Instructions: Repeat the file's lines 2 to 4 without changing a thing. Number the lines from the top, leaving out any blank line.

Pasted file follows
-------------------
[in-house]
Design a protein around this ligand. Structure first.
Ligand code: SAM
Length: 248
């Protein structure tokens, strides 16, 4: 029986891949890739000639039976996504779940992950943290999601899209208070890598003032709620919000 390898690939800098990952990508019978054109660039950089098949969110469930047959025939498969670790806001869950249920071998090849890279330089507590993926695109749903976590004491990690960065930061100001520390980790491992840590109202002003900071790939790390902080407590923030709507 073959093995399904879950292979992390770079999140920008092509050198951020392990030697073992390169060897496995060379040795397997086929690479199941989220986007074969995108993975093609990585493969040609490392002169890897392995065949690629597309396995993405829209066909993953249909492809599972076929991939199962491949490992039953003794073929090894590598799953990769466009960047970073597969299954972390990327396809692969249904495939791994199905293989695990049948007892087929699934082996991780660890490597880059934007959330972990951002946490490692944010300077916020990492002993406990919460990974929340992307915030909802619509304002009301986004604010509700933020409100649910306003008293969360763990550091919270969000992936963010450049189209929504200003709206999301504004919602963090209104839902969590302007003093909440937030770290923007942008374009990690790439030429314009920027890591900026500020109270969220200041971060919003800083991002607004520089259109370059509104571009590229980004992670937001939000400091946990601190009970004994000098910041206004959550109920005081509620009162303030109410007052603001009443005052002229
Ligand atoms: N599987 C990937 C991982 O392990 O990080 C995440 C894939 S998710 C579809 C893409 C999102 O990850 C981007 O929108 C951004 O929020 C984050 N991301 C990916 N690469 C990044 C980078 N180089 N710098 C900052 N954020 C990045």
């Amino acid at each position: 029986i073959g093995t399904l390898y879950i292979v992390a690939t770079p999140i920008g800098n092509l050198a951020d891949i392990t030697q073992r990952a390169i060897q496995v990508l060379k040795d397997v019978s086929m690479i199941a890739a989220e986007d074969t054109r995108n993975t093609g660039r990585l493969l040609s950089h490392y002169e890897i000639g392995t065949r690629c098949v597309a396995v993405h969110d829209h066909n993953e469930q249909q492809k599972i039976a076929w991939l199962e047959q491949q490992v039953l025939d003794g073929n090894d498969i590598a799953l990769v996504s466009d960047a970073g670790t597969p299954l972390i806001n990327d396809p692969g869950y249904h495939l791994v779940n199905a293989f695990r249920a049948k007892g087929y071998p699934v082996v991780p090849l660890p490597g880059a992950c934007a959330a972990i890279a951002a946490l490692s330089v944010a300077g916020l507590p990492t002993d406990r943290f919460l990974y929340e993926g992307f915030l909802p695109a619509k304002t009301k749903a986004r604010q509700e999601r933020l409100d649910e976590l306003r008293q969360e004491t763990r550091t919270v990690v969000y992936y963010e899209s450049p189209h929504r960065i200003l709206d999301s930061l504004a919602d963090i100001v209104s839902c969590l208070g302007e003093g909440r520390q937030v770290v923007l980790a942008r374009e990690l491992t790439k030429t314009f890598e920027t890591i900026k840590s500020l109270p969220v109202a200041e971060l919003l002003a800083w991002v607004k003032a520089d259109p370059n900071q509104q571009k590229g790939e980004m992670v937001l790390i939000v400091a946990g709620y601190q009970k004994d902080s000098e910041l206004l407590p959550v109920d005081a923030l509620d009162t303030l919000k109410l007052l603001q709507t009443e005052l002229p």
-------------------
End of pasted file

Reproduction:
Design a protein around this ligand. Structure first.
Ligand code: SAM
Length: 248